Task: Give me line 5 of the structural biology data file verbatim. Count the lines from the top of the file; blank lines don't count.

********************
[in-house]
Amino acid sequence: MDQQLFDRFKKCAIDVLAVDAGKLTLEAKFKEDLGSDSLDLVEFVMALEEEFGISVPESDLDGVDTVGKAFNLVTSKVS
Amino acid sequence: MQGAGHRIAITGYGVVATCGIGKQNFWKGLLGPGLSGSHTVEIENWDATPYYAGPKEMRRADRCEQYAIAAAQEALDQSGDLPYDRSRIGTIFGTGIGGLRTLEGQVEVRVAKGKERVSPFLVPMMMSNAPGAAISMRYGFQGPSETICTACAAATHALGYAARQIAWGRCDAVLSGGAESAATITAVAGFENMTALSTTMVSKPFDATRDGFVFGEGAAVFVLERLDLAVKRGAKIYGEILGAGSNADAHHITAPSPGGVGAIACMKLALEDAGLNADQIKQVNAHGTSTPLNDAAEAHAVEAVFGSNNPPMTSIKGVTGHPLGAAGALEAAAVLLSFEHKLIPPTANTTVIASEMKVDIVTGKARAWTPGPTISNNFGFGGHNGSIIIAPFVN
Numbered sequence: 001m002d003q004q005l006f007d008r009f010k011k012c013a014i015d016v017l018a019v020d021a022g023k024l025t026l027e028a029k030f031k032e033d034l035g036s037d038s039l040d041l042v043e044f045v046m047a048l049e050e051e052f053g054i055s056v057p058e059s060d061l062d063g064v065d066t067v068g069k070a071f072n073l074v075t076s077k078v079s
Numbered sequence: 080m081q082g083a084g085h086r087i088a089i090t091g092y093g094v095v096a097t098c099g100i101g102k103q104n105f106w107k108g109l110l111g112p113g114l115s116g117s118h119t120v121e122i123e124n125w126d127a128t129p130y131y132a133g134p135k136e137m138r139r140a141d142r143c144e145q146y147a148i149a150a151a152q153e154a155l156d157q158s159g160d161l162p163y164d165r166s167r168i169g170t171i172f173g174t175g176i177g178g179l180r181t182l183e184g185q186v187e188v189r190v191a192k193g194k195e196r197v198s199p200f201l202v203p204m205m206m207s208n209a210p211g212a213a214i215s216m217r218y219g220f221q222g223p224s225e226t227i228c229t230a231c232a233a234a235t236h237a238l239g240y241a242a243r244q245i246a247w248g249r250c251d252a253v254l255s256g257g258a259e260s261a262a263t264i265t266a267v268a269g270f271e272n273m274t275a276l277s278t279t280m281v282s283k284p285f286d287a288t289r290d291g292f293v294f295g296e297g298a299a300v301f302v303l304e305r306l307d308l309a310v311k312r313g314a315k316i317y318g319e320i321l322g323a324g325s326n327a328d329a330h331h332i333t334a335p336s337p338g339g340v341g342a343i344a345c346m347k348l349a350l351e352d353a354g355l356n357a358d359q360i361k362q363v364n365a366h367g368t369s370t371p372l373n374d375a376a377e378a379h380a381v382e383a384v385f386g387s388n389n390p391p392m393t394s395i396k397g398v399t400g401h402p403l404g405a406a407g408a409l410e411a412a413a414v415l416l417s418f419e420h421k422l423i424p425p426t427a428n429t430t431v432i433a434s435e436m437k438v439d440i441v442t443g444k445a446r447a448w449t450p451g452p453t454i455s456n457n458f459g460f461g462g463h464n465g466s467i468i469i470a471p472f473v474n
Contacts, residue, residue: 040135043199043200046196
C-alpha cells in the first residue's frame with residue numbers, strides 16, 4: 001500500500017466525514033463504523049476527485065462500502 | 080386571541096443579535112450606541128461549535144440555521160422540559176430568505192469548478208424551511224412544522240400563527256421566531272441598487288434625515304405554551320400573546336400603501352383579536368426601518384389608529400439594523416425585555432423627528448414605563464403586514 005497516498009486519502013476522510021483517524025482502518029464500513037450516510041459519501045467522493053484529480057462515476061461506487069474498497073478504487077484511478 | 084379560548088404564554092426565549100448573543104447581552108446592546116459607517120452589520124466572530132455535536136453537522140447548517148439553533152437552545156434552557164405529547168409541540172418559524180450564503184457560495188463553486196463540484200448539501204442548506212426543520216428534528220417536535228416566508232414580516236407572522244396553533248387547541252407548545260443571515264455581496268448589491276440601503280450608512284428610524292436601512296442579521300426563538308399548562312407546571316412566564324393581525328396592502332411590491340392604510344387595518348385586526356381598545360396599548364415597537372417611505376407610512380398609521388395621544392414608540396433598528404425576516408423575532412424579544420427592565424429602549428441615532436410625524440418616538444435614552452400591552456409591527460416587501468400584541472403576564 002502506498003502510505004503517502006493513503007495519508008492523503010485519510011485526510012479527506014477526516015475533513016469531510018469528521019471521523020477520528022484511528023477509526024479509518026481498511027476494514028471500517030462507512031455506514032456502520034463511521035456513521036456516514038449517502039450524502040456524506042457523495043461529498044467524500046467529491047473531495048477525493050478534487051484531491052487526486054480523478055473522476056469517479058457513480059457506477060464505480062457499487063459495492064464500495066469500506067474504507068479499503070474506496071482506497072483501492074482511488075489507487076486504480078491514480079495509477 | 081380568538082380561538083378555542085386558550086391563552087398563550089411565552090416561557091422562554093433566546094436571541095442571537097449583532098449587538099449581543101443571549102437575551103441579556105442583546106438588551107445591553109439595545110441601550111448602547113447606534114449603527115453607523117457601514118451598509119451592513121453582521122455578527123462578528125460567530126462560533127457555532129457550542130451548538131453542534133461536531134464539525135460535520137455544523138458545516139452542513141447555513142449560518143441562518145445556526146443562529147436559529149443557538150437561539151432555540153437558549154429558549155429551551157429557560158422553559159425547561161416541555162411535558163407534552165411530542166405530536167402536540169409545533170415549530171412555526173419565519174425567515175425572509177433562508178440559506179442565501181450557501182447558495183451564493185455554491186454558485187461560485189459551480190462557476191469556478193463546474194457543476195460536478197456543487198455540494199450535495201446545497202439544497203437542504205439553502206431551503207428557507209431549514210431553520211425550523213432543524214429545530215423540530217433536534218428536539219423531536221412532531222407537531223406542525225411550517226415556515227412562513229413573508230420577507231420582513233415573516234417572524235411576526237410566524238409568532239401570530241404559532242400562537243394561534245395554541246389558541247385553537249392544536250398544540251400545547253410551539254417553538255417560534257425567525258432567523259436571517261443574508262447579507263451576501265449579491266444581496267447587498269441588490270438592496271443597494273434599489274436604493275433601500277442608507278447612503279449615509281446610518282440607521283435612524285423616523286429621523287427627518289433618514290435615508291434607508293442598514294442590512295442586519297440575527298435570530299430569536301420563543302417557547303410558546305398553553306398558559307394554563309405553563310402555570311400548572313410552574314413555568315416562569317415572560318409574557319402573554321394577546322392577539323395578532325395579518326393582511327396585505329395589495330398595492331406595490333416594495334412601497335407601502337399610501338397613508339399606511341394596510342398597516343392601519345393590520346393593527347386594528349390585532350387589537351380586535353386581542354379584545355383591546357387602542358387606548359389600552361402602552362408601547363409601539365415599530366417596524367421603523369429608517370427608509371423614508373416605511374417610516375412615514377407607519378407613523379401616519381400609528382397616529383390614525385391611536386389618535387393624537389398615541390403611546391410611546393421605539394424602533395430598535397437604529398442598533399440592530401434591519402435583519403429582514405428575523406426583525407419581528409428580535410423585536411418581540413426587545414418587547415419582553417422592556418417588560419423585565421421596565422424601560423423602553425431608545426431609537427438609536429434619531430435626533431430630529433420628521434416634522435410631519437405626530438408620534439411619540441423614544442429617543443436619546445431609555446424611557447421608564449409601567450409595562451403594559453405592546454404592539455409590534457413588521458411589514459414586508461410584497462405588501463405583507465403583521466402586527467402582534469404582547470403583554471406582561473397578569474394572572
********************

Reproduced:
Numbered sequence: 080m081q082g083a084g085h086r087i088a089i090t091g092y093g094v095v096a097t098c099g100i101g102k103q104n105f106w107k108g109l110l111g112p113g114l115s116g117s118h119t120v121e122i123e124n125w126d127a128t129p130y131y132a133g134p135k136e137m138r139r140a141d142r143c144e145q146y147a148i149a150a151a152q153e154a155l156d157q158s159g160d161l162p163y164d165r166s167r168i169g170t171i172f173g174t175g176i177g178g179l180r181t182l183e184g185q186v187e188v189r190v191a192k193g194k195e196r197v198s199p200f201l202v203p204m205m206m207s208n209a210p211g212a213a214i215s216m217r218y219g220f221q222g223p224s225e226t227i228c229t230a231c232a233a234a235t236h237a238l239g240y241a242a243r244q245i246a247w248g249r250c251d252a253v254l255s256g257g258a259e260s261a262a263t264i265t266a267v268a269g270f271e272n273m274t275a276l277s278t279t280m281v282s283k284p285f286d287a288t289r290d291g292f293v294f295g296e297g298a299a300v301f302v303l304e305r306l307d308l309a310v311k312r313g314a315k316i317y318g319e320i321l322g323a324g325s326n327a328d329a330h331h332i333t334a335p336s337p338g339g340v341g342a343i344a345c346m347k348l349a350l351e352d353a354g355l356n357a358d359q360i361k362q363v364n365a366h367g368t369s370t371p372l373n374d375a376a377e378a379h380a381v382e383a384v385f386g387s388n389n390p391p392m393t394s395i396k397g398v399t400g401h402p403l404g405a406a407g408a409l410e411a412a413a414v415l416l417s418f419e420h421k422l423i424p425p426t427a428n429t430t431v432i433a434s435e436m437k438v439d440i441v442t443g444k445a446r447a448w449t450p451g452p453t454i455s456n457n458f459g460f461g462g463h464n465g466s467i468i469i470a471p472f473v474n